Social Climate Tech News

Fri 05 2024

Cloudflare Introduces 1-Click Solution to Block Web-Scraping AI Bots

by bernt & torsten

Cloudflare has introduced a new feature that allows web hosting customers to block AI bots from scraping website content without permission. This move aims to address customer dissatisfaction with AI bots that dishonestly harvest content and to protect internet safety for content creators. The feature offers a straightforward one-click option to block all AI bots.

Traditionally, website owners have used the robots.txt file in a website’s root directory to instruct automated crawlers to avoid certain areas of their site. Despite its availability, this method can be ignored by bots, similar to how the Do Not Track header in browsers can be disregarded, often without repercussions.

Concerns over generative AI content scraping have been mounting, leading to lawsuits against AI companies accused of content theft. In response, some firms have allowed web publishers to opt out of having their content scraped. For instance, last August, OpenAI provided guidance on how to block its GPTbot using robots.txt, while Google followed with similar measures the next month. In September of the previous year, Cloudflare introduced an option to block rule-abiding AI bots, which 85 percent of its customers activated. The new feature aims to fortify these defences.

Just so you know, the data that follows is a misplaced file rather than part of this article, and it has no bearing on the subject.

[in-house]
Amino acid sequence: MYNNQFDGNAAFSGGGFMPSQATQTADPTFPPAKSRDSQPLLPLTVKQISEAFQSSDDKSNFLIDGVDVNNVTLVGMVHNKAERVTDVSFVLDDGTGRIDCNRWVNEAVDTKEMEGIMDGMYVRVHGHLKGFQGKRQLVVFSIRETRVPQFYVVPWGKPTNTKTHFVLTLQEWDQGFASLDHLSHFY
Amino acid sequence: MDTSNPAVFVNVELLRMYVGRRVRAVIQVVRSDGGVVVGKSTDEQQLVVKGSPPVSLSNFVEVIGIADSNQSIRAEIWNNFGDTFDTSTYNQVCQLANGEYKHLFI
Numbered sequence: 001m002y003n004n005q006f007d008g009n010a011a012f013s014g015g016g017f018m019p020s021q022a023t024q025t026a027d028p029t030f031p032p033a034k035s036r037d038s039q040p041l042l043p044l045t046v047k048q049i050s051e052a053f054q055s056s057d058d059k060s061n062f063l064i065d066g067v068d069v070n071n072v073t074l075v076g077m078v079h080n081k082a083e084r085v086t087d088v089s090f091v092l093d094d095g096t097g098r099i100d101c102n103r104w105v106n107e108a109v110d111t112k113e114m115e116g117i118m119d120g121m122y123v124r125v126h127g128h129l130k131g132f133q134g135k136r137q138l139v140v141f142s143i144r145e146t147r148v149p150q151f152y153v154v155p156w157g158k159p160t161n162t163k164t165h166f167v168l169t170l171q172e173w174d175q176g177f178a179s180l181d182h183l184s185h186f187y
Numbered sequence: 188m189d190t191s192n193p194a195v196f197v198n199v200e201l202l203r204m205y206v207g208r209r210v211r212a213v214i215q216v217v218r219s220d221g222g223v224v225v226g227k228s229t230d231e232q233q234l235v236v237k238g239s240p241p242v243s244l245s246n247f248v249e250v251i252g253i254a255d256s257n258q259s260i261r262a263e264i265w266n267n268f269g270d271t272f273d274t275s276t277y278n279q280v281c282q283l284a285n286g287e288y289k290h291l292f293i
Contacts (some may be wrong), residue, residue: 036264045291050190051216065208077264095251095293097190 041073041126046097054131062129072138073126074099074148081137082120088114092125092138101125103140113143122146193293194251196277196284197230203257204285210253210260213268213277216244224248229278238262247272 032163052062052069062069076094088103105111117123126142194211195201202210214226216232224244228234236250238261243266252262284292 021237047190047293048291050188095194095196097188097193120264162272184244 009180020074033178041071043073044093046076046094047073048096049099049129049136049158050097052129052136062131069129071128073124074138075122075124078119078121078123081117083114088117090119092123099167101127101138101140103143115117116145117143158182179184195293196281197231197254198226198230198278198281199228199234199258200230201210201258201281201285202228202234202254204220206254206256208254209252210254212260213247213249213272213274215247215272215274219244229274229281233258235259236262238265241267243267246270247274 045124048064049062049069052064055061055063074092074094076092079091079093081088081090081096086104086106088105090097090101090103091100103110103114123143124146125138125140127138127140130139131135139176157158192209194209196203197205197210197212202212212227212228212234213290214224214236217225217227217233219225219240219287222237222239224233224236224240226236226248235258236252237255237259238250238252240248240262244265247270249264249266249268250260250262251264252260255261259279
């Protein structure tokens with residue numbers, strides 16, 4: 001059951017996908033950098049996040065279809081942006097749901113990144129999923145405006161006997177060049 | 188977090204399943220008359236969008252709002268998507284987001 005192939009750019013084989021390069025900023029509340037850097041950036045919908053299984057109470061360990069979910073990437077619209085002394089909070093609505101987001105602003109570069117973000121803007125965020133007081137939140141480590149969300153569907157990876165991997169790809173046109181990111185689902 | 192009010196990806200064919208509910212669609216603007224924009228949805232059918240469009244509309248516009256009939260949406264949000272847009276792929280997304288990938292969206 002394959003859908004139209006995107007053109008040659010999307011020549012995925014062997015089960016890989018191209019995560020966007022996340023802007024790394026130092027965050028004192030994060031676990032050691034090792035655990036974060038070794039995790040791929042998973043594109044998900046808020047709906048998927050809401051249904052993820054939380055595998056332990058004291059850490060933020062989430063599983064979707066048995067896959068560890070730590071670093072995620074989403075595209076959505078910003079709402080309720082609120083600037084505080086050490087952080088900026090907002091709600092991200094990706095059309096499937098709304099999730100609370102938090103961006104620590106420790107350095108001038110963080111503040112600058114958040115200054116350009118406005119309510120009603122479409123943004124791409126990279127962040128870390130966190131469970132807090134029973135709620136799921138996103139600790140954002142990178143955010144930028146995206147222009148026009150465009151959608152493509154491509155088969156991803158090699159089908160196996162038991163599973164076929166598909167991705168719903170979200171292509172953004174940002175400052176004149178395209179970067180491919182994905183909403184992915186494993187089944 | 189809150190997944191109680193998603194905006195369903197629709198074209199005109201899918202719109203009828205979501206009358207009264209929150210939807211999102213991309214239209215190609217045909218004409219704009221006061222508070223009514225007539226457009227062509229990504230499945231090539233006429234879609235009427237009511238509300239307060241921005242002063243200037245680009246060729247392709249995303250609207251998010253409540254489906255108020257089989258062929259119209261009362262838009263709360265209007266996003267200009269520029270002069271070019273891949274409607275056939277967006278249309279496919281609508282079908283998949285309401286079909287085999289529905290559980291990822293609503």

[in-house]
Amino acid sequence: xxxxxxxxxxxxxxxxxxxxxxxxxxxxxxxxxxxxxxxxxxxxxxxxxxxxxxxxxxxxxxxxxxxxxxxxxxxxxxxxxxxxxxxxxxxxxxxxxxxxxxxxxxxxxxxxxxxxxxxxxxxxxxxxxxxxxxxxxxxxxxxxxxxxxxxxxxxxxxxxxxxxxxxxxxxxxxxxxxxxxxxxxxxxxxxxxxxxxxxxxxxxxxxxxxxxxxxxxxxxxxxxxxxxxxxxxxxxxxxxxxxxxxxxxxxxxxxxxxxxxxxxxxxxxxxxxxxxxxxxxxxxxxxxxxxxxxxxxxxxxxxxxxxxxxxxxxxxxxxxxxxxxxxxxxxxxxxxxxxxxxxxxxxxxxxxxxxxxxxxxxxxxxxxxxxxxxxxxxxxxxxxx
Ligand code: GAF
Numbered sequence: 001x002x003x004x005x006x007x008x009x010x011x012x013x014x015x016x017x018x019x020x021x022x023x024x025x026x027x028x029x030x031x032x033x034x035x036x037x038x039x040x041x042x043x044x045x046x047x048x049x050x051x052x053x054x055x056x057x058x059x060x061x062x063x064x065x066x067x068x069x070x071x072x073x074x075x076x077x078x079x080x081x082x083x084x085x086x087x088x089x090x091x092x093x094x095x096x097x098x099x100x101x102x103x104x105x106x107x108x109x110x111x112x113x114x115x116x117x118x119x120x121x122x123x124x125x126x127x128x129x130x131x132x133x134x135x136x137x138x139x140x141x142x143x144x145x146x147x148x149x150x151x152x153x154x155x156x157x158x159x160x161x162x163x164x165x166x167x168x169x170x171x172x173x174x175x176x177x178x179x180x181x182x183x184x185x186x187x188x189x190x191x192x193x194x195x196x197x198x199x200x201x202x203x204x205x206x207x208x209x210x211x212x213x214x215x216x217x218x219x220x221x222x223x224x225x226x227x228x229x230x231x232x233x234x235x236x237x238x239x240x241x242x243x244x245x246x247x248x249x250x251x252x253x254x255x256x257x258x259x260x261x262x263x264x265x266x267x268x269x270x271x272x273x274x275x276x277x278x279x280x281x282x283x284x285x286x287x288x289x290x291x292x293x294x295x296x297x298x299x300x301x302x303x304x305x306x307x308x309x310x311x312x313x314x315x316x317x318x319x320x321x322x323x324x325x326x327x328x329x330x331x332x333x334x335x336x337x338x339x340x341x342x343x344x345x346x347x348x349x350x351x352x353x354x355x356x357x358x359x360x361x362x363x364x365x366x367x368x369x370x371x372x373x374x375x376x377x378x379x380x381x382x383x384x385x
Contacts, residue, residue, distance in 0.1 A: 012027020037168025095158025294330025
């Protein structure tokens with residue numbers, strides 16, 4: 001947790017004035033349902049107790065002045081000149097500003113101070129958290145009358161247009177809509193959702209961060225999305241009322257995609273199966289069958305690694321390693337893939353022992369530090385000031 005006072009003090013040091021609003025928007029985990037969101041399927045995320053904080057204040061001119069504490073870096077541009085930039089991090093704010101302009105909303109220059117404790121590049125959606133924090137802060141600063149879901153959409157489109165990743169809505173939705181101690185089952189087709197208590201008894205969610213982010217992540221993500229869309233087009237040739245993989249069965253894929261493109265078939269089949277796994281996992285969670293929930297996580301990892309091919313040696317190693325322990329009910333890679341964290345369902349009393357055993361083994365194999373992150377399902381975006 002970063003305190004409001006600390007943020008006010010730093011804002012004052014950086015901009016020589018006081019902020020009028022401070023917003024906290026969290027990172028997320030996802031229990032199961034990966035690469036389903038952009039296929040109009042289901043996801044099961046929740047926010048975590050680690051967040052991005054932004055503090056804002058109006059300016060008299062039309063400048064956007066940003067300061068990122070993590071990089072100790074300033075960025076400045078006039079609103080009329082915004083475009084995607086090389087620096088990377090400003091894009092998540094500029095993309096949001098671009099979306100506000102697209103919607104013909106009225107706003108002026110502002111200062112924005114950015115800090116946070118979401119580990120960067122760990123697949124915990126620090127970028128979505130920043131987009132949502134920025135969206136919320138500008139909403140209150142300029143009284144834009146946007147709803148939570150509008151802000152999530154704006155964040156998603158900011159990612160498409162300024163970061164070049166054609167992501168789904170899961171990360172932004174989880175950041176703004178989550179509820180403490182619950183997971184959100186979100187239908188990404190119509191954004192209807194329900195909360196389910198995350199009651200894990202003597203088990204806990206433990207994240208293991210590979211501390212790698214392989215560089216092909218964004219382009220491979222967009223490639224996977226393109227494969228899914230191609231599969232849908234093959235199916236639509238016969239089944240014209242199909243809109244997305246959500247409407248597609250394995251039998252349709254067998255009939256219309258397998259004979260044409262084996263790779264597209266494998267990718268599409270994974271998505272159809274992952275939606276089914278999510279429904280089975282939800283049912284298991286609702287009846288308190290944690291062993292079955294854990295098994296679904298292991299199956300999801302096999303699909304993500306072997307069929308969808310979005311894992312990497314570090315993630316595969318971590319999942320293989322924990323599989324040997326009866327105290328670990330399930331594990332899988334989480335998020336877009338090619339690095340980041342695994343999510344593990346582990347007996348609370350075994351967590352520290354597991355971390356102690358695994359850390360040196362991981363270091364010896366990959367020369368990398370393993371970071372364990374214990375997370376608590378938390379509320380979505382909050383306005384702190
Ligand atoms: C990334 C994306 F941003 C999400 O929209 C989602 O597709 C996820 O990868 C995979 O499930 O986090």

Cloudflare reports that AI bots account for about 39 percent of the traffic to the top one million web properties it serves, highlighting the pervasiveness of the issue.  As evidenced by recent investigations, bots can and do ignore robots.txt directives. Amazon, for example, reported that bots associated with AI search firm Perplexity had crawled websites, including news sites, without proper credit or permission, despite an expectation that these bots adhere to robots.txt. Perplexity’s CEO denied intentional neglect but admitted that third-party bots were responsible for the unauthorized scraping.

Cloudflare's machine-learning model has consistently identified these bots, even when they disguise themselves as legitimate browsers using spoofed user agents. The company's global machine-learning system has flagged the Perplexity bot as likely automated based on digital fingerprinting techniques that detect patterns in network interactions.

With its extensive network processing an average of 57 million requests per second, Cloudflare leverages ample data to distinguish trustworthy digital fingerprints from those of bots. The new feature, available to all customers, including those on the free tier, can be accessed by toggling the "Block AI Scrapers and Crawlers" button in a website's security settings.

Cloudflare acknowledges that some AI companies may attempt to circumvent these new measures, but it remains committed to refining its detection models and enhancing protection for content creators. The goal is to ensure that content creators maintain full control over how their material is used in AI training and inference, preserving the integrity of the internet as a space for genuine content creation.